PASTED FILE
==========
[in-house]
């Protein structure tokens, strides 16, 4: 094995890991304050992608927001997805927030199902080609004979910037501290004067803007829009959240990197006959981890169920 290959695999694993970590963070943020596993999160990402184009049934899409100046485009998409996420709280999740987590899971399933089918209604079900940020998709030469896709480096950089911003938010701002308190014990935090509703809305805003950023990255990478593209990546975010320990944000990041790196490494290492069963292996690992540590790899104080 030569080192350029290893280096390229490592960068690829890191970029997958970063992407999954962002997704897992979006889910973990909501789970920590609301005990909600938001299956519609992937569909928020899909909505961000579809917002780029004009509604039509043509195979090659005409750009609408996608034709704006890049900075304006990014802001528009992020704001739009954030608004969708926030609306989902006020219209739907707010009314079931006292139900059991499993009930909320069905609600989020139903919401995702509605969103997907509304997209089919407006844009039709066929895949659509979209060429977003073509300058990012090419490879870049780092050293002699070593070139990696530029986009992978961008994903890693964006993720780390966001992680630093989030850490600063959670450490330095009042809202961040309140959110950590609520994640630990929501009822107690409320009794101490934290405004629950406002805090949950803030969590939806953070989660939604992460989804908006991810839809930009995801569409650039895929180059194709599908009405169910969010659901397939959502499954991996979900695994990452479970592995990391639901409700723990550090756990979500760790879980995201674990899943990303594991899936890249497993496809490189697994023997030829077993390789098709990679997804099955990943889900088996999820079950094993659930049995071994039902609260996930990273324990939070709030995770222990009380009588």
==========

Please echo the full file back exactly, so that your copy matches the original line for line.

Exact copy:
[in-house]
């Protein structure tokens, strides 16, 4: 094995890991304050992608927001997805927030199902080609004979910037501290004067803007829009959240990197006959981890169920 290959695999694993970590963070943020596993999160990402184009049934899409100046485009998409996420709280999740987590899971399933089918209604079900940020998709030469896709480096950089911003938010701002308190014990935090509703809305805003950023990255990478593209990546975010320990944000990041790196490494290492069963292996690992540590790899104080 030569080192350029290893280096390229490592960068690829890191970029997958970063992407999954962002997704897992979006889910973990909501789970920590609301005990909600938001299956519609992937569909928020899909909505961000579809917002780029004009509604039509043509195979090659005409750009609408996608034709704006890049900075304006990014802001528009992020704001739009954030608004969708926030609306989902006020219209739907707010009314079931006292139900059991499993009930909320069905609600989020139903919401995702509605969103997907509304997209089919407006844009039709066929895949659509979209060429977003073509300058990012090419490879870049780092050293002699070593070139990696530029986009992978961008994903890693964006993720780390966001992680630093989030850490600063959670450490330095009042809202961040309140959110950590609520994640630990929501009822107690409320009794101490934290405004629950406002805090949950803030969590939806953070989660939604992460989804908006991810839809930009995801569409650039895929180059194709599908009405169910969010659901397939959502499954991996979900695994990452479970592995990391639901409700723990550090756990979500760790879980995201674990899943990303594991899936890249497993496809490189697994023997030829077993390789098709990679997804099955990943889900088996999820079950094993659930049995071994039902609260996930990273324990939070709030995770222990009380009588």